Priorities United States, one of the largest Democratic super-PACs, plans to announce Tuesday that it will pour $ 20 million into voting initiatives ahead of the 2022 election cycle to enhance Republican-led electoral laws with digital advertising and organization, as well as the Dishes.
The digital effort includes a series of large-scale voter information campaigns that go beyond a more traditional approach that would consist solely of persuasion displays. The overall goal of the group is to help people navigate a new electoral landscape created by the many new restrictions put in place by Republicans in at least 16 states. The campaigns will also provide voting tools such as SMS reminders to register to vote or request a postal vote.
“The purpose of this program is to really center those voters who we know are particularly hard hit by Republican repression,” said Danielle Butterfield, executive director of Priorities USA. “These are colored voters, especially blacks and Latinos, and we plan to center them in both our creative and our alignment to make sure they are aware of how empowering voting is.”
The other significant investment will be in the legal area, where the group has served as a leading litigation attorney in voting procedures across the country. Priorities The US joined lawsuits in 10 states during the 2020 election and its aftermath, opposing legal attempts by Donald J. Trump’s campaign to overturn election results and push back new electoral laws. Although Priorities didn’t sued a state in response to new election restrictions this year, group officials said more legal efforts would soon follow.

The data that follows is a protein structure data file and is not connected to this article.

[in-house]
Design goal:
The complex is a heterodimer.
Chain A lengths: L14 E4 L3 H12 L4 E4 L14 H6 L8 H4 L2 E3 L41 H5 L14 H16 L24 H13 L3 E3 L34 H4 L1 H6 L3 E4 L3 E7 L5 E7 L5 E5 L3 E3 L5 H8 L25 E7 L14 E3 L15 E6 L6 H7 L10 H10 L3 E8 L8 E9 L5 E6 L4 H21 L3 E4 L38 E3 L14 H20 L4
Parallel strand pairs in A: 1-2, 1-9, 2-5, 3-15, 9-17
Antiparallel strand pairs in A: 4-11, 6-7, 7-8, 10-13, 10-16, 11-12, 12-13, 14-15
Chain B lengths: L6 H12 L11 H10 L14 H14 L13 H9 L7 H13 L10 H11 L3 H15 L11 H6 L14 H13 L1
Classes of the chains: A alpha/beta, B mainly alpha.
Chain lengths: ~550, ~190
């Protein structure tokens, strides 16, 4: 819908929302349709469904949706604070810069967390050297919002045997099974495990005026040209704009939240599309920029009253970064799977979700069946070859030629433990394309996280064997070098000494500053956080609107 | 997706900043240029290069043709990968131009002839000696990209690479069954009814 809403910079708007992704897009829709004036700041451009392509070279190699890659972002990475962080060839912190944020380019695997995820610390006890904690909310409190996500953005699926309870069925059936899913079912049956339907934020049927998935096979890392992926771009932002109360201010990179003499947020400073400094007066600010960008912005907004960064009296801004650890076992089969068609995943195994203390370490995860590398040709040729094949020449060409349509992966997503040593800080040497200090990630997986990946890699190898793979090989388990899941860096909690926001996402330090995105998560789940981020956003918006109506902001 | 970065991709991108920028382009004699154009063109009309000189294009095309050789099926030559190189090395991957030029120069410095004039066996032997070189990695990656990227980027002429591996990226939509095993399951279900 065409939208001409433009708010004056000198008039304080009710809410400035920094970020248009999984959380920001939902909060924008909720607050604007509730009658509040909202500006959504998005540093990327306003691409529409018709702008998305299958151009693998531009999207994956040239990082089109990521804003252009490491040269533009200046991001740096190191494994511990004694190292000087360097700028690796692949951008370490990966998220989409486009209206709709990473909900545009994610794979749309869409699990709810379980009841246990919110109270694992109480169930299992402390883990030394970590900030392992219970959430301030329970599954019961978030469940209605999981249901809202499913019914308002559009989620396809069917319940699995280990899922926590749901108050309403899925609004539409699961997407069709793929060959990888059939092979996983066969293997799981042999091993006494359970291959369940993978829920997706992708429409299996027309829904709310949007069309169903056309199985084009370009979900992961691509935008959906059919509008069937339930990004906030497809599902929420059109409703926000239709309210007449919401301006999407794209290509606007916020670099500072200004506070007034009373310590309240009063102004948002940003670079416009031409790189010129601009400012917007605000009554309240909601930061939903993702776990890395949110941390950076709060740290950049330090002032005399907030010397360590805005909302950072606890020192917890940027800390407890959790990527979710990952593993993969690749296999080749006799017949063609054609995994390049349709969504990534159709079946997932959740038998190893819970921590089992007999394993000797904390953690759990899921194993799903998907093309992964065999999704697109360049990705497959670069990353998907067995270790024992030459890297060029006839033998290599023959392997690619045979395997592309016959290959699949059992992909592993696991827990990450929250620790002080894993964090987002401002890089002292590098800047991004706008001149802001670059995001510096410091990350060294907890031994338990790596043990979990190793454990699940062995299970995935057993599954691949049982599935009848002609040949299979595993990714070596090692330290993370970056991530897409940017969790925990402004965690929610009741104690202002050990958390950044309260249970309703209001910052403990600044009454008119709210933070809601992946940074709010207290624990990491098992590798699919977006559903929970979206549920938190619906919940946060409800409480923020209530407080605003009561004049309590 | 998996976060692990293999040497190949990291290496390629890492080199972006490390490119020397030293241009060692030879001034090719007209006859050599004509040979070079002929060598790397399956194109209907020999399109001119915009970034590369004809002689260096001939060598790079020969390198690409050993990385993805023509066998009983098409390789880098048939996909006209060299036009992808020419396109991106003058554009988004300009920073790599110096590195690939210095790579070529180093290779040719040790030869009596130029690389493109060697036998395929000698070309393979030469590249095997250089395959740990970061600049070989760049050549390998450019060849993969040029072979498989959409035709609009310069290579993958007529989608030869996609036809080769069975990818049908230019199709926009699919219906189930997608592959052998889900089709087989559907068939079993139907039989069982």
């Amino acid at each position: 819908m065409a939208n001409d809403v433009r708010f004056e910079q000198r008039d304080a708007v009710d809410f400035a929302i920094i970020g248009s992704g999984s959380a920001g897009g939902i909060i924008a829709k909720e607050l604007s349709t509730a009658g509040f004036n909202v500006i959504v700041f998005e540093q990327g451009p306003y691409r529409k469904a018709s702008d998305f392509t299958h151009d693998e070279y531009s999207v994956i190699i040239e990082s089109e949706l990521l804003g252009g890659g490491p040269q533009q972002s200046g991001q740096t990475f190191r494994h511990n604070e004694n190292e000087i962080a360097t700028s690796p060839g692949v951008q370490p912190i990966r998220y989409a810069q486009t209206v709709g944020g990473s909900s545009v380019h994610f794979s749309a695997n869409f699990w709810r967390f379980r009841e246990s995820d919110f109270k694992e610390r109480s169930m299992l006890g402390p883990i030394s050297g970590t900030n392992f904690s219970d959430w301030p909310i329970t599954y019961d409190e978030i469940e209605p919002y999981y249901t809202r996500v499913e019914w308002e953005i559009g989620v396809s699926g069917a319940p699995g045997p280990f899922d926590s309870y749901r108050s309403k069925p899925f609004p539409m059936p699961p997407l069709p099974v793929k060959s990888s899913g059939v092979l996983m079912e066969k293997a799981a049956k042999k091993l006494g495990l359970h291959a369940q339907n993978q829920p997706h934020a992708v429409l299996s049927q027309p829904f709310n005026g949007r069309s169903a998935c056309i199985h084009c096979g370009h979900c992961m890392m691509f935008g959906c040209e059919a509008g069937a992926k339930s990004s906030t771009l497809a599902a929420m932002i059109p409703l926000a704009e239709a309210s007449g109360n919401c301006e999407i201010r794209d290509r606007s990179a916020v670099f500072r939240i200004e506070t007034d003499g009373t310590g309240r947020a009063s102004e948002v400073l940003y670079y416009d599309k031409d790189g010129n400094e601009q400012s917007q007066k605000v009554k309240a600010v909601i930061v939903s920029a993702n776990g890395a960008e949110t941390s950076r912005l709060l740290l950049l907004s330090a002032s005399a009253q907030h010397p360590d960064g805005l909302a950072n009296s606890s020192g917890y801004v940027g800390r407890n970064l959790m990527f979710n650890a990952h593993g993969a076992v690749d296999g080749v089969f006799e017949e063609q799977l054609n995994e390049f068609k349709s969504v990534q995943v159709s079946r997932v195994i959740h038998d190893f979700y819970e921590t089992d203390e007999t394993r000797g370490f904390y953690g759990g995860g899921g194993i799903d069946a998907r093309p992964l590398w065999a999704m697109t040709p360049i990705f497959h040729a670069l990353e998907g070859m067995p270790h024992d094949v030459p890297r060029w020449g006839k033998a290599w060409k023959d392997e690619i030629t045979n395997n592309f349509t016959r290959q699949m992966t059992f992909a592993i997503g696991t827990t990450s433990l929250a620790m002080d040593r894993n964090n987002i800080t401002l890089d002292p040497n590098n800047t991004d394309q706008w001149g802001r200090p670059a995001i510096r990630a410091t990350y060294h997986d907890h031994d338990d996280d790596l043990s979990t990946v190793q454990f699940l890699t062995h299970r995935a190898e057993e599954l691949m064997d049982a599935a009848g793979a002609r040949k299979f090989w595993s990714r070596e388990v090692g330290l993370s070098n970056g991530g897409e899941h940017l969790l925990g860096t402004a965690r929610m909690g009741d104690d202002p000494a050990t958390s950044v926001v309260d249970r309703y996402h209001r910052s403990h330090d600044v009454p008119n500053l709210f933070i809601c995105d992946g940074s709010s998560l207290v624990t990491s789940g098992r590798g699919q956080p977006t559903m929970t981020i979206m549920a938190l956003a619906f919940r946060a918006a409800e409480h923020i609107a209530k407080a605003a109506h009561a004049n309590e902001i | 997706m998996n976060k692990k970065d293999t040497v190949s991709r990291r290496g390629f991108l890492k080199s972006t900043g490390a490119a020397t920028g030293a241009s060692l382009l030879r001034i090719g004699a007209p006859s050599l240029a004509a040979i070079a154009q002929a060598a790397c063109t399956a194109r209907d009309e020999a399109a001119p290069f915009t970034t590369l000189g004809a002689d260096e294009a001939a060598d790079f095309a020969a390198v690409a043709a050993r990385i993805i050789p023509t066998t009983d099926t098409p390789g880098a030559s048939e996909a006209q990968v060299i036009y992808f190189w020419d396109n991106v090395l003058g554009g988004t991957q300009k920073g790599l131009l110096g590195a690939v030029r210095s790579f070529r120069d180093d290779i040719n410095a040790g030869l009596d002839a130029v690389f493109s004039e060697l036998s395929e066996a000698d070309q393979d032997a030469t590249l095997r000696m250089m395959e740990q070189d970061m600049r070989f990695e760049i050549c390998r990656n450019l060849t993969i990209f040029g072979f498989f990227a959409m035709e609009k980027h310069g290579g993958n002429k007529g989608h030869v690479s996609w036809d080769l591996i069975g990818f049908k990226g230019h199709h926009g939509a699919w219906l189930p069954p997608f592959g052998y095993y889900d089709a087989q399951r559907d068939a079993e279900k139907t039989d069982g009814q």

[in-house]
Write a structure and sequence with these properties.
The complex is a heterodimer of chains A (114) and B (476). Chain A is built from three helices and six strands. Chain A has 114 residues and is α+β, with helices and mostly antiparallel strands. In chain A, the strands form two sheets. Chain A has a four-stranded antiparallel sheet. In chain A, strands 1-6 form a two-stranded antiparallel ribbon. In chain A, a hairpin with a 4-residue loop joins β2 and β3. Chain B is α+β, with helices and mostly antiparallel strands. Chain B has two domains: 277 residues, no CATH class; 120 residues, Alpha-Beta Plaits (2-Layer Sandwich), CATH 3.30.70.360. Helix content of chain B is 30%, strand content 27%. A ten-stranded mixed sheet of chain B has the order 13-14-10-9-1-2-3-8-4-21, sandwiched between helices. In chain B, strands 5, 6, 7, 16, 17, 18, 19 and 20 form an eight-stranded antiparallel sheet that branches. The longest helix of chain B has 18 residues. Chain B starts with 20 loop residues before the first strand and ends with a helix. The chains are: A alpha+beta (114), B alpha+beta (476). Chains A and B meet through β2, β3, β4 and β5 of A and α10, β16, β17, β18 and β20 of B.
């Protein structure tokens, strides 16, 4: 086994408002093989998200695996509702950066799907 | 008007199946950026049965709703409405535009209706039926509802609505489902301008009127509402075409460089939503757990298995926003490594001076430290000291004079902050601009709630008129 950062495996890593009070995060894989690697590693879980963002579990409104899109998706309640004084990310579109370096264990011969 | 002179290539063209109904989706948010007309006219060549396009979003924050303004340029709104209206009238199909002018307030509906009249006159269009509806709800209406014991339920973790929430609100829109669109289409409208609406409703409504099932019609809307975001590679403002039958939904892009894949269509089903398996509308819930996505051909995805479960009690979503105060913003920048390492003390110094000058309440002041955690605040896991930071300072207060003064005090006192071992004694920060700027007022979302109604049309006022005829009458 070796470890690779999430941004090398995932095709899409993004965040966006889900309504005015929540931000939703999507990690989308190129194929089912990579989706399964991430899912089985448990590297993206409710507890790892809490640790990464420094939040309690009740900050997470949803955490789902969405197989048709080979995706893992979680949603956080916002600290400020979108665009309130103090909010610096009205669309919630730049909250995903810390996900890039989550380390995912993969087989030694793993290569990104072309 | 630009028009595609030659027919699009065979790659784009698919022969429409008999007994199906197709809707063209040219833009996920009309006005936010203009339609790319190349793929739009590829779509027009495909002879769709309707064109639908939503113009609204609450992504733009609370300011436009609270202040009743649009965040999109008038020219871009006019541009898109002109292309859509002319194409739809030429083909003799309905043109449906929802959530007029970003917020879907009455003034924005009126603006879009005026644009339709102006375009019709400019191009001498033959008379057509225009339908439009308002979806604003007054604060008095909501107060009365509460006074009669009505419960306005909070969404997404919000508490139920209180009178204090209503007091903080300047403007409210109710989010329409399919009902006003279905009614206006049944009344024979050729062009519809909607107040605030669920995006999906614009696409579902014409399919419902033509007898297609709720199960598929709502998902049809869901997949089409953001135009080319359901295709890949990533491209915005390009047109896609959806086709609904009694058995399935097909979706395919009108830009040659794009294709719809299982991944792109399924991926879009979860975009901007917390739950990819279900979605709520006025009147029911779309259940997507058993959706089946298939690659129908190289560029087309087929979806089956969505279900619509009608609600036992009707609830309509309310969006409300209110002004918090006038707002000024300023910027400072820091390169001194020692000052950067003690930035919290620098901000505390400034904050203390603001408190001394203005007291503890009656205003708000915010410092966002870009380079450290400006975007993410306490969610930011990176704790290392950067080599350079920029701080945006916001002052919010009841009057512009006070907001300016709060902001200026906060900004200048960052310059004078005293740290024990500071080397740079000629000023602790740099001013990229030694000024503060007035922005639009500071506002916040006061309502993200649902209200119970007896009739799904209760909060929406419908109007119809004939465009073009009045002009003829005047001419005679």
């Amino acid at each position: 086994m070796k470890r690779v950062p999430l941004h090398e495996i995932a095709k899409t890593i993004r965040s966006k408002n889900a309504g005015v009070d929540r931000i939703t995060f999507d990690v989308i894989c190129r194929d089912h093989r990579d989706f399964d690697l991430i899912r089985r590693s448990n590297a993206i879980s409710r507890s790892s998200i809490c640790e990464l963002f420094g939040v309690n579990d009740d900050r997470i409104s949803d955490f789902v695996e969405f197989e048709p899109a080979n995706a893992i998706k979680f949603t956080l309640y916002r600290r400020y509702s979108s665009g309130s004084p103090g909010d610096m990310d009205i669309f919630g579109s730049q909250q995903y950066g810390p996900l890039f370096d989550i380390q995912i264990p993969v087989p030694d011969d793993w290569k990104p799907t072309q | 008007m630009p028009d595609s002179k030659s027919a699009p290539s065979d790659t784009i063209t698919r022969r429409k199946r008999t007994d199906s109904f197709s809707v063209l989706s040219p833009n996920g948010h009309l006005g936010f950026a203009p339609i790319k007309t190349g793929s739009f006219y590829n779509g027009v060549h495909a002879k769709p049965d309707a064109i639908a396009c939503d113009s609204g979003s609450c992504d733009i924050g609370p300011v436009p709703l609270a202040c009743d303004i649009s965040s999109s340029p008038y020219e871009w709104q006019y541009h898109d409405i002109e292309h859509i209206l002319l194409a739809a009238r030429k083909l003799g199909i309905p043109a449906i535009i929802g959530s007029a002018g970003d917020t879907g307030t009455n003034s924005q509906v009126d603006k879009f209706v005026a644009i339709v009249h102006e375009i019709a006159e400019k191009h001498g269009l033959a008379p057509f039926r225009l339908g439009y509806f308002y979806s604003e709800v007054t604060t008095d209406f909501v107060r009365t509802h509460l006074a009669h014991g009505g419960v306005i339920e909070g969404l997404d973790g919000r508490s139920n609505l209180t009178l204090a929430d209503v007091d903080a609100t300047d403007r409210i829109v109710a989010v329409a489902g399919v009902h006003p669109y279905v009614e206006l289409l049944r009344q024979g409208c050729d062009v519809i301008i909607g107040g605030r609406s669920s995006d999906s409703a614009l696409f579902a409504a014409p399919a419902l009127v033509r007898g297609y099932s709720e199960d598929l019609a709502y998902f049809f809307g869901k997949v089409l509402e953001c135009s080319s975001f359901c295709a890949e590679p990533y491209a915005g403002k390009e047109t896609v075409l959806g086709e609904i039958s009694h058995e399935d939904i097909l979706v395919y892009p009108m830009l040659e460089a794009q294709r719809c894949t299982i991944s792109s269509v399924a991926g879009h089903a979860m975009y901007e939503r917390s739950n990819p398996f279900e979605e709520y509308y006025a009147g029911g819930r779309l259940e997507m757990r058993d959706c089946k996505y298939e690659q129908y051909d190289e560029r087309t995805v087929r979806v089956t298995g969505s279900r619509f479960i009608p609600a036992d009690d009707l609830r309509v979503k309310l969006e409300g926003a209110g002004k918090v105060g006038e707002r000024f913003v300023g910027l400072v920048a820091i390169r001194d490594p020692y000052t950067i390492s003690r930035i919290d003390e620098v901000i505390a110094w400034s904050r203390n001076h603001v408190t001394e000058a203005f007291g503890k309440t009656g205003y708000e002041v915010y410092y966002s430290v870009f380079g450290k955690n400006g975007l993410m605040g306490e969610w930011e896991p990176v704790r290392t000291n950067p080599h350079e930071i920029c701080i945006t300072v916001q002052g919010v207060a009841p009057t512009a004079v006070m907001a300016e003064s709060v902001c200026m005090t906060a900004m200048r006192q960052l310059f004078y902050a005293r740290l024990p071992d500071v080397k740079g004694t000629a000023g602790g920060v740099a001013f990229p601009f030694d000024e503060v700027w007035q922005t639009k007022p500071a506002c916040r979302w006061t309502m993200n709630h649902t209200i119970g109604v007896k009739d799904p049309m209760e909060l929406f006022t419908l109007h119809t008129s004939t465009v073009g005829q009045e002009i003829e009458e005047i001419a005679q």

The initial $ 20 million investment from Priorities comes as Democrats across the country struggle to fight back Republican push to restrict voting. Opposition from big business, religious groups, civil rights groups, and celebrities has done little to prevent new electoral laws in key states like Georgia, Florida, Iowa, and Arizona. Even a dramatic late night Democratic strike in Texas that effectively killed a Republican voting bill in the state should be a passing victory as the governor promised to pass new voting bills through a special session of the legislature.
The Supreme Court will also pass a ruling on the Voting Rights Act in the coming days, which may further weaken its protection from voting restrictions. And Washington Democrats seem on the verge of defeat of their sweeping referendum bill, the For the People Act, with Republicans united in opposition and moderate Democrats unwilling to kill the filibuster to pass the bill .
Of course, the new laws will continue to make it difficult for some people to vote, and voter education and awareness-raising efforts can only go so far. Priorities US said it will continue to explore other ways to help people vote.
“Most voting advocates and people who do this work would say we don’t have to try to narrow it down to just one area of work,” said Aneesa S. McMillan, an associate director at Priorities USA who oversees the voting efforts. “We have to think about a multi-pronged approach.”
The organization of campaigns is becoming increasingly popular for Democrats to counteract new electoral laws. This month the Texas Democratic Party announced the largest voter registration push in its history, with the goal of registering two million new voters and investing approximately $ 14 million in the effort.
In addition to informing voters, an important part of Priorities USA’s digital efforts will be addressing voting disinformation.
The struggle for the right to vote